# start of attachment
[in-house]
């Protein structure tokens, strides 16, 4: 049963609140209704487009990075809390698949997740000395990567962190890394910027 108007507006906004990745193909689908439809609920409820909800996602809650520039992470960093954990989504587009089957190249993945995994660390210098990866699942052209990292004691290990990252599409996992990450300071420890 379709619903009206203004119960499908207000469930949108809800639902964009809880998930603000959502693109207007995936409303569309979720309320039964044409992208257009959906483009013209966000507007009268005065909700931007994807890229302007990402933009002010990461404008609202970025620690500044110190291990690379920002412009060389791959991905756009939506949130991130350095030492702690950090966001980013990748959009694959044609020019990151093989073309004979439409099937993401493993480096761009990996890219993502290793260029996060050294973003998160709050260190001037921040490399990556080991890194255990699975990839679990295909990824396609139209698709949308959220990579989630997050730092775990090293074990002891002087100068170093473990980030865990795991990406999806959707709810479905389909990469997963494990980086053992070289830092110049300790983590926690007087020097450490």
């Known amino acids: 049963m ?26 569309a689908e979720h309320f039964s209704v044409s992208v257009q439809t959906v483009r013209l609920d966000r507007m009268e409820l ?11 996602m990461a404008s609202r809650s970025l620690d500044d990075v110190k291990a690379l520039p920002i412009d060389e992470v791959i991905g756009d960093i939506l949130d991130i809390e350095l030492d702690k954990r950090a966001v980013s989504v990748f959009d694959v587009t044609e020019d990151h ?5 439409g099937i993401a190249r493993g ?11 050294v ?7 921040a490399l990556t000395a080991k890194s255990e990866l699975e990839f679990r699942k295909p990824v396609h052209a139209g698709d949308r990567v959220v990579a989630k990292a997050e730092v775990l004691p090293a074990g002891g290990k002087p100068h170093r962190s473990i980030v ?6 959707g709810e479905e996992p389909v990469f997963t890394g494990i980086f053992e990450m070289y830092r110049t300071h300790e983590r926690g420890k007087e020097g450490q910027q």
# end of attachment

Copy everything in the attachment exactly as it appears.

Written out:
[in-house]
């Protein structure tokens, strides 16, 4: 049963609140209704487009990075809390698949997740000395990567962190890394910027 108007507006906004990745193909689908439809609920409820909800996602809650520039992470960093954990989504587009089957190249993945995994660390210098990866699942052209990292004691290990990252599409996992990450300071420890 379709619903009206203004119960499908207000469930949108809800639902964009809880998930603000959502693109207007995936409303569309979720309320039964044409992208257009959906483009013209966000507007009268005065909700931007994807890229302007990402933009002010990461404008609202970025620690500044110190291990690379920002412009060389791959991905756009939506949130991130350095030492702690950090966001980013990748959009694959044609020019990151093989073309004979439409099937993401493993480096761009990996890219993502290793260029996060050294973003998160709050260190001037921040490399990556080991890194255990699975990839679990295909990824396609139209698709949308959220990579989630997050730092775990090293074990002891002087100068170093473990980030865990795991990406999806959707709810479905389909990469997963494990980086053992070289830092110049300790983590926690007087020097450490």
């Known amino acids: 049963m ?26 569309a689908e979720h309320f039964s209704v044409s992208v257009q439809t959906v483009r013209l609920d966000r507007m009268e409820l ?11 996602m990461a404008s609202r809650s970025l620690d500044d990075v110190k291990a690379l520039p920002i412009d060389e992470v791959i991905g756009d960093i939506l949130d991130i809390e350095l030492d702690k954990r950090a966001v980013s989504v990748f959009d694959v587009t044609e020019d990151h ?5 439409g099937i993401a190249r493993g ?11 050294v ?7 921040a490399l990556t000395a080991k890194s255990e990866l699975e990839f679990r699942k295909p990824v396609h052209a139209g698709d949308r990567v959220v990579a989630k990292a997050e730092v775990l004691p090293a074990g002891g290990k002087p100068h170093r962190s473990i980030v ?6 959707g709810e479905e996992p389909v990469f997963t890394g494990i980086f053992e990450m070289y830092r110049t300071h300790e983590r926690g420890k007087e020097g450490q910027q």